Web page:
In Drosophila, gustatory receptors are present on the antennae, legs, wings, and labellae, and in the pharynx, gut, and central brain (Joseph and Carlson, 2015). The wide expression pattern, presence of multiple receptors in the same neurons, and different combinations of receptors in different neurons indicate that gustatory-receptor-expressing neurons in various locations may respond quite differently to different sugars (Thoma et al., 2016; Miyamoto and Amrein, 2014). We focused particularly on Gr43a-expressing neurons for their specific involvement in L-arabinose memory, and previous studies suggested they act as nutrient sensors (Miyamoto et al., 2012). We therefore sought to determine whether all Gr43a-expressing neurons or only a subset of Gr43a neurons are important for L-arabinose memory. As reported by others (Miyamoto et al., 2012; Park and Kwon, 2011), Gr43aGAL4 expression is consistently detected in four dorsolateral protocerebrum (DLP) neurons in the central brain, the LSO and VCSO neurons in the proboscis, two f5 neurons in the distal tarsi, and in the proventricular ganglion of the gut (Figure 4A). We selectively silenced the central brain DLP neurons using a Gr43aGAL4:ChaGAL80 (Miyamoto et al., 2012) combination (Figure 4B) or the LSO and VCSO neurons using Gr64aGAL4 and Gr64dGAL4 (Figure 3B). While silencing all Gr43a neurons impaired L-arabinose memory, silencing of just the DLP (Figure 4B), or just the LSO and VCSO neurons (Figure 3B) had no significant effect, suggesting that some combination of Gr43a-expressing neurons that includes the tarsal and/or gut neurons are the necessary Gr43a-expressing neurons for L-arabinose memory. Because silencing of Gr61a- and Gr5a-expressing neurons each blocked L-arabinose memory (Figure 3B) and neither Gr5a nor Gr61a expression can be detected in the gut, it seems that the tarsal Gr43a-expressing neurons are the important ones for L-arabinose memory. Previous studies suggested that in the f5 neurons in the distal tarsi, Gr43a is coexpressed with Gr61a (Figure 4—figure supplement 1A) (Freeman and Dahanukar, 2015). There were uncertainities about the coexpression of Gr43a and Gr5a in distal tarsi. However, split-GAL4 reconstitution assay suggests that Gr5a and Gr43a are likely to be coexpressed in one f5 neuron (likely f5V) in the distal tarsi (Figure 4—figure supplement 1B), in agreement with previous work (Miyamoto et al., 2012). Taken together, these results suggest that f5 neurons in the distal tarsi coexpressing Gr43a and some combination of Gr5a and Gr61a are involved in L-arabinose memory. However, these results do not rule out the possibility that other Gr43a neurons or other Gr-expressing neurons are involved in L-arabinose memory.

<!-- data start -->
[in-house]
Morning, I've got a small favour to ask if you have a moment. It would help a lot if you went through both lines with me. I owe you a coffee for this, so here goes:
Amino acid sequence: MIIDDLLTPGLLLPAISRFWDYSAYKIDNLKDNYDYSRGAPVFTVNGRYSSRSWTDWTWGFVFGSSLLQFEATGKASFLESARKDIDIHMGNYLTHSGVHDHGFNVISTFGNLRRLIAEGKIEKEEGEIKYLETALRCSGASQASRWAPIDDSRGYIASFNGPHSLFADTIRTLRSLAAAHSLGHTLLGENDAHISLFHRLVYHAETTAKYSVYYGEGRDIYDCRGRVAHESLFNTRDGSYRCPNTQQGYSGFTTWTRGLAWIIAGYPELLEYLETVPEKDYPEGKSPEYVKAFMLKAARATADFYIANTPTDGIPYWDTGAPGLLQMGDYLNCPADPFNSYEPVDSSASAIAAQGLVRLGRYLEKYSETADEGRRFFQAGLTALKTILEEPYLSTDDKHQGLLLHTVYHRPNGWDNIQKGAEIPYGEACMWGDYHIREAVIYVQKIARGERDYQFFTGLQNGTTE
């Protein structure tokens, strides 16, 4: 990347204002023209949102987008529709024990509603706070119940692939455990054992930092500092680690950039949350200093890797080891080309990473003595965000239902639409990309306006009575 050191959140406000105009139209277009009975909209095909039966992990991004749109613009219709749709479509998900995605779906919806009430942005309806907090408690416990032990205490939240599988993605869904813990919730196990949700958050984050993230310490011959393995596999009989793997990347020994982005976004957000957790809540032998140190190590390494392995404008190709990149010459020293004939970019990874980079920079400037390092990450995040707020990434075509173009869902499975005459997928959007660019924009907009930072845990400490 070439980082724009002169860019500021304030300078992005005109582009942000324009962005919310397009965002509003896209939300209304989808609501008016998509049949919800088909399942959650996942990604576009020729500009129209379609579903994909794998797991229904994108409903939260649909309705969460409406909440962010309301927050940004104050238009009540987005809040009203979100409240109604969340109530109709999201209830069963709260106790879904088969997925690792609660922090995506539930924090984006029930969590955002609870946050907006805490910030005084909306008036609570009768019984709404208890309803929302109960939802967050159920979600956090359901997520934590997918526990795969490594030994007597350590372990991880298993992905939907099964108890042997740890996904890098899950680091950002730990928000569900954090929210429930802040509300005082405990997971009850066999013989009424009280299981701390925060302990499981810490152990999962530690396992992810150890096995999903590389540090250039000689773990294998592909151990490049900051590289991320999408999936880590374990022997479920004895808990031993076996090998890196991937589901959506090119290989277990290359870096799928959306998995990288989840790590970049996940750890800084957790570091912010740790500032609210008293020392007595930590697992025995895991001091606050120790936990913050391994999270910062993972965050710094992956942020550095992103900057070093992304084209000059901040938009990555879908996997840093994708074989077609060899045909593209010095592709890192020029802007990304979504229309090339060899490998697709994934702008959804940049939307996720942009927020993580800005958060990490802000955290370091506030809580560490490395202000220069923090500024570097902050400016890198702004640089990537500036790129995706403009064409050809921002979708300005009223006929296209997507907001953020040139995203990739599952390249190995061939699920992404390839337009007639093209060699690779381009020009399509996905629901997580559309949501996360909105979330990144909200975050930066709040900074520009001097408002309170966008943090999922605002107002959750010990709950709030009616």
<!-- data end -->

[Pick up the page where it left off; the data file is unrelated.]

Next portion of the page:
To understand how D- and L-arabinose generate different behavioral responses, we analyzed electrophysiological responses of f5V sensilla in the distal tarsi, which host neurons expressing Gr43a. D-arabinose consistently generated significantly more spikes over a range of concentrations (Figure 5A and B). Differences in electrophysiological response also manifested in calcium levels measured by GCaMP6, a genetically encoded calcium indicator (Chen et al., 2013). In Gr43a-expressing f5 neurons in distal tarsi, the peak calcium level was higher and reached more rapidly for D-arabinose than L-arabinose (Figure 5C). Removal of the Gr43a receptor from these neurons significantly reduced response to L-arabinose but not D-arabinose (Figure 5D), consistent with the idea that D-arabinose activates multiple receptors. In the proboscis LSO neurons, there was a quicker rise and fall in response to L-arabinose with a slower but more sustained activation in response to D-arabinose (Figure 5—figure supplement 1A). However, such differences between D- and L-arabinose-provoked responses are not universal: the average D- and L- arabinose responses of the central brain DLP neurons were similar in both magnitude and shape (Figure 5—figure supplement 1B). These results indicate that D- and L-arabinose can activate the same gustatory neurons to different extents and that differential activation depends on properties specific to each neuron.